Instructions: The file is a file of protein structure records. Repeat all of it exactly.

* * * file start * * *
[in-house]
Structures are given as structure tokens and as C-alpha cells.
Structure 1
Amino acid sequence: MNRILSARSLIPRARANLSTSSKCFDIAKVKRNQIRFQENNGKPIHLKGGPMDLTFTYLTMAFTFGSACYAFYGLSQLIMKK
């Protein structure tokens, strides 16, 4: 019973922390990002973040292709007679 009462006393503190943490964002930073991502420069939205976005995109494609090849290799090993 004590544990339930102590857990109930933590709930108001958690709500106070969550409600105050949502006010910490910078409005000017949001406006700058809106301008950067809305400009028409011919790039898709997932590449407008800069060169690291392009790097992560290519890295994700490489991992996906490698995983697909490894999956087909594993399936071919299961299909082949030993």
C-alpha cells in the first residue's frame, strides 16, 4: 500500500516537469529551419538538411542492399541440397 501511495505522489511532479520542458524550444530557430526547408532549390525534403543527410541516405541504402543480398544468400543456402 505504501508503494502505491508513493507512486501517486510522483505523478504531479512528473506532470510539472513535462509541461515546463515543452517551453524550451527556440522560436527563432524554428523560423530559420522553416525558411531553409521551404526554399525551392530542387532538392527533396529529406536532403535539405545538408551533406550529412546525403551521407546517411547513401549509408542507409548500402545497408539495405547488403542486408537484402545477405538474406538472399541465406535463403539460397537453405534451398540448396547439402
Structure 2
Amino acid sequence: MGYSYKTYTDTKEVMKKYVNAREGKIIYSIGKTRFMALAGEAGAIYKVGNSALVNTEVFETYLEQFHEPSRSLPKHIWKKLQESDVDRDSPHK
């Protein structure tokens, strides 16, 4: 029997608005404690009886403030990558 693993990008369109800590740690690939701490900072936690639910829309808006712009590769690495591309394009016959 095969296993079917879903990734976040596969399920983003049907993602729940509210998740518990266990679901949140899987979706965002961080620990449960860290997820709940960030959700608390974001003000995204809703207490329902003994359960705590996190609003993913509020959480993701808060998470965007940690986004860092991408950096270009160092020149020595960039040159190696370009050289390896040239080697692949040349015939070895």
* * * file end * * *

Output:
[in-house]
Structures are given as structure tokens and as C-alpha cells.
Structure 1
Amino acid sequence: MNRILSARSLIPRARANLSTSSKCFDIAKVKRNQIRFQENNGKPIHLKGGPMDLTFTYLTMAFTFGSACYAFYGLSQLIMKK
């Protein structure tokens, strides 16, 4: 019973922390990002973040292709007679 009462006393503190943490964002930073991502420069939205976005995109494609090849290799090993 004590544990339930102590857990109930933590709930108001958690709500106070969550409600105050949502006010910490910078409005000017949001406006700058809106301008950067809305400009028409011919790039898709997932590449407008800069060169690291392009790097992560290519890295994700490489991992996906490698995983697909490894999956087909594993399936071919299961299909082949030993």
C-alpha cells in the first residue's frame, strides 16, 4: 500500500516537469529551419538538411542492399541440397 501511495505522489511532479520542458524550444530557430526547408532549390525534403543527410541516405541504402543480398544468400543456402 505504501508503494502505491508513493507512486501517486510522483505523478504531479512528473506532470510539472513535462509541461515546463515543452517551453524550451527556440522560436527563432524554428523560423530559420522553416525558411531553409521551404526554399525551392530542387532538392527533396529529406536532403535539405545538408551533406550529412546525403551521407546517411547513401549509408542507409548500402545497408539495405547488403542486408537484402545477405538474406538472399541465406535463403539460397537453405534451398540448396547439402
Structure 2
Amino acid sequence: MGYSYKTYTDTKEVMKKYVNAREGKIIYSIGKTRFMALAGEAGAIYKVGNSALVNTEVFETYLEQFHEPSRSLPKHIWKKLQESDVDRDSPHK
């Protein structure tokens, strides 16, 4: 029997608005404690009886403030990558 693993990008369109800590740690690939701490900072936690639910829309808006712009590769690495591309394009016959 095969296993079917879903990734976040596969399920983003049907993602729940509210998740518990266990679901949140899987979706965002961080620990449960860290997820709940960030959700608390974001003000995204809703207490329902003994359960705590996190609003993913509020959480993701808060998470965007940690986004860092991408950096270009160092020149020595960039040159190696370009050289390896040239080697692949040349015939070895």